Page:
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It may not feel like it exactly, but today is the vernal equinox, marking the first day of spring. Due to a quirk of both leap year and daylight saving time, this is the earliest spring will start in the United States in 124 years. It also is one of two days in the year where day and night are perfectly balanced, as all things should be.
Stormy weather is coming Thursday, including some of our first thunderstorms of the year. According to the National Weather Service, there will be a slight chance of storms Thursday morning but this will increase in likelihood in the early afternoon into the evening in the Cedar Rapids area. There will be a high of 58 degrees, but the temperature will drop as the day goes on, and in the overnight hours Thursday into Friday the rain showers could turn into partial snow showers. So we’ll have a little bit of everything on our first day of Spring, everything except a sunny windfree day.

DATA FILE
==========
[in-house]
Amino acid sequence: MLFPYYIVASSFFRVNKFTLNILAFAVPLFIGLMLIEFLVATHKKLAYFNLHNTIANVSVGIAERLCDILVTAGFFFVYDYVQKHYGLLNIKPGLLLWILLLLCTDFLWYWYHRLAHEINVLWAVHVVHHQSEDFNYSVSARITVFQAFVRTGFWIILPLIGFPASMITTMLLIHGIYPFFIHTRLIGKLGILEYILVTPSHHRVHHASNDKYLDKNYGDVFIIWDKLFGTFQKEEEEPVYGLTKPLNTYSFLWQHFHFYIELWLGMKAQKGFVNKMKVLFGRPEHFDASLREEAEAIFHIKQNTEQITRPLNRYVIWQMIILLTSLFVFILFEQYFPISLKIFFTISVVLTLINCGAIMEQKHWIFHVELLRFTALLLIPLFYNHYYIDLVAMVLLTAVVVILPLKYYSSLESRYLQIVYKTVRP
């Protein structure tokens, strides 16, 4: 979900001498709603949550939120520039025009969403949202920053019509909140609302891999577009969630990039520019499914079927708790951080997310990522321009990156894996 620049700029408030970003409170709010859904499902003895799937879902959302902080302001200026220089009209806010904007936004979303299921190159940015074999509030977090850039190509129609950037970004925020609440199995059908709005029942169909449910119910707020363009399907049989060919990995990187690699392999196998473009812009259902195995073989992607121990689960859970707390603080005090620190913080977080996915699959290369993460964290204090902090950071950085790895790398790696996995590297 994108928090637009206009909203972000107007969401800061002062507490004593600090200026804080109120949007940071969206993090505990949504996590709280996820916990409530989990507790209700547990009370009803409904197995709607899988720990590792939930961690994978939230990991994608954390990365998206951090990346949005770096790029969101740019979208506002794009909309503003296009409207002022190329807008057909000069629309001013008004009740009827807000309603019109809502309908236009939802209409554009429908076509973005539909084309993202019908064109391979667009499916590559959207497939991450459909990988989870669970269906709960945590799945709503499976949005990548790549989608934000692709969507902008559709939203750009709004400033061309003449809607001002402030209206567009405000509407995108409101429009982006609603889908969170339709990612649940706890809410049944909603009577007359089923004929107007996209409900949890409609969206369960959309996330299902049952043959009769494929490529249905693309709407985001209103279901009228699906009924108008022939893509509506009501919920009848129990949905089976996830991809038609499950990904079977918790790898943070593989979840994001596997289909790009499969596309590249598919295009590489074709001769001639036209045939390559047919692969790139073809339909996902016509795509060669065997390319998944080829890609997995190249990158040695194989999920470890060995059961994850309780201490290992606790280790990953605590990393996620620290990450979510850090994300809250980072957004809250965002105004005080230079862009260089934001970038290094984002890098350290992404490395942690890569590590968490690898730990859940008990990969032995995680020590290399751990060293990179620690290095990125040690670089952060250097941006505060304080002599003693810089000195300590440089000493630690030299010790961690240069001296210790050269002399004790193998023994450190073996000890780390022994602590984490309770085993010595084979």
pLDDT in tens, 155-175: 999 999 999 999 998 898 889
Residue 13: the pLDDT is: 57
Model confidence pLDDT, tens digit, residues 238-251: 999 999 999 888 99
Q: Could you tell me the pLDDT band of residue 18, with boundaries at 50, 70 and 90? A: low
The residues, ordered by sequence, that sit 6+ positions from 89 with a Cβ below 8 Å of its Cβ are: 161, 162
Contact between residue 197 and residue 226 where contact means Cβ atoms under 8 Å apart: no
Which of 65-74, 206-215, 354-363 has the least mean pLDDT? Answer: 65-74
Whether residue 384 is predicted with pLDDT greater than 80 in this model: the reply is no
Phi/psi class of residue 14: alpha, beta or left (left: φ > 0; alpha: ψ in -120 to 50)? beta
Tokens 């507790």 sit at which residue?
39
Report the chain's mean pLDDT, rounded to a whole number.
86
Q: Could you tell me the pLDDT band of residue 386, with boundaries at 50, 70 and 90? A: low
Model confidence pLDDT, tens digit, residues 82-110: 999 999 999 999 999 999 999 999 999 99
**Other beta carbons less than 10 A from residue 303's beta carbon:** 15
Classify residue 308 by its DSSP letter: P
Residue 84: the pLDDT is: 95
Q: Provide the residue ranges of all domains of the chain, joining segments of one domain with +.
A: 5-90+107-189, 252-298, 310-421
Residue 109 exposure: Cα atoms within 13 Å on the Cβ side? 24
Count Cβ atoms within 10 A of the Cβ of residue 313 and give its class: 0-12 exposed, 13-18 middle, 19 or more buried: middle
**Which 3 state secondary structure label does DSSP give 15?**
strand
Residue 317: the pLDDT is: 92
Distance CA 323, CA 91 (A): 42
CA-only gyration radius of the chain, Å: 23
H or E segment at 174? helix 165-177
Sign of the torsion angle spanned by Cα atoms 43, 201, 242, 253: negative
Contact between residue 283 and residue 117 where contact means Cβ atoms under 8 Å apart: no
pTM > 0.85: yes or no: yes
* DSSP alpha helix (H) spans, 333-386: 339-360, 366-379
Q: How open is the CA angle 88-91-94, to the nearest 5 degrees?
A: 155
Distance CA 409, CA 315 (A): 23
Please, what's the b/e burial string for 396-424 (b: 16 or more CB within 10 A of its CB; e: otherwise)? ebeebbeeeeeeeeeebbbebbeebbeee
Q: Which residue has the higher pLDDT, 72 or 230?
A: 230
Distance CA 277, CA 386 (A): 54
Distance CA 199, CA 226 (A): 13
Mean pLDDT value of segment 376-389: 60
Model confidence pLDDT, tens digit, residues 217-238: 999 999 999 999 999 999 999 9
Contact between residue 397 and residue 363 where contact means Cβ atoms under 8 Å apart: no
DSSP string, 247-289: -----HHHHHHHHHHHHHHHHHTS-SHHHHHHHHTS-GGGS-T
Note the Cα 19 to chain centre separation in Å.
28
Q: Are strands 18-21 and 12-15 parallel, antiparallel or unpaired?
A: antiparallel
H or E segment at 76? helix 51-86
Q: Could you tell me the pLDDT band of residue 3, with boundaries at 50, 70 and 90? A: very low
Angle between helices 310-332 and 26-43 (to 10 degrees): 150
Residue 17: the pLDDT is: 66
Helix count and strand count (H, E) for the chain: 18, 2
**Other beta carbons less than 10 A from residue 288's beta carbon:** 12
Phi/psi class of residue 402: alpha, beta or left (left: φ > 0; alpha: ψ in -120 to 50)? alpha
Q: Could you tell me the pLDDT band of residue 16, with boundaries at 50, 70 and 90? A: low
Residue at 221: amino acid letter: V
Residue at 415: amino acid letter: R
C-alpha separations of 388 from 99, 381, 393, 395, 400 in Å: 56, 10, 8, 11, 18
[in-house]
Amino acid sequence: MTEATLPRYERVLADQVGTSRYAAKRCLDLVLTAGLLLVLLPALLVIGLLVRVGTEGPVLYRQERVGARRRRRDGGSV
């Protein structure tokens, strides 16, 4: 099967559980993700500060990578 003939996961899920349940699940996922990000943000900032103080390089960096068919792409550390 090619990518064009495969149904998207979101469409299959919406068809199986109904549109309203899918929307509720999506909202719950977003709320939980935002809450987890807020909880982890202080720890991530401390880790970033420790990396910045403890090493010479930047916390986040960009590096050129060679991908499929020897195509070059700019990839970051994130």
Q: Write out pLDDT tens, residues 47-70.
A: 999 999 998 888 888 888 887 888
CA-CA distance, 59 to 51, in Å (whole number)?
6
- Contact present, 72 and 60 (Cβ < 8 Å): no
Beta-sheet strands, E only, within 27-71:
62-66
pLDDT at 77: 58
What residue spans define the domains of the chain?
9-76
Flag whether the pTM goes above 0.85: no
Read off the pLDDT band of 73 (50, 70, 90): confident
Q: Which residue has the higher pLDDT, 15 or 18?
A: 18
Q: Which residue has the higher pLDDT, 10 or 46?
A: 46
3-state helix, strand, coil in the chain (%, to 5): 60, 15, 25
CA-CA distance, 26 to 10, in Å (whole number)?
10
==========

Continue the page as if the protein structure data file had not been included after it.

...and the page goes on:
In other worldly respects, it’s just another day, and that means another day of coronavirus updates. Iowa’s number of confirmed cases of the COVID-19 strain of the coronavirus is now up to 38, but testing continues to lag. There have been 7,038 cases reported nationally so far, with 97 deaths from the disease, with no deaths so far in Iowa. In other major COVID-19 news in the state, Iowa’s three regent universities the University of Iowa, the University of Northern Iowa, and Iowa State University will be canceling their commencement ceremonies and holding classes online for the rest of spring semester. School administrators said Wednesday they are looking to hold an alternate celebration that could be livestreamed.
The three universities joined multiple private and junior colleges who had already canceled their in person classes for the rest of the semester.
Nationally, the topsy turvy stock market closed down again Wednesday, falling 1,300 points. The United States and Canada mutually agreed to close the northern border barring what they called “non-essential” travel. A $100 billion relief bill providing funding for expanded leave and more free coronavirus testing was passed by congress and signed by President Donald Trump. The White House also indicated that they would like an additional $1 trillion stimulus infusion into the American economy, with $500 billion of that being represented by payments directly to citizens and $500 billion in loans to ailing businesses.
Trump also directed federal agencies to suspend all foreclosures and evictions until the end of April as the full economic toll of the crisis began to set in around the world.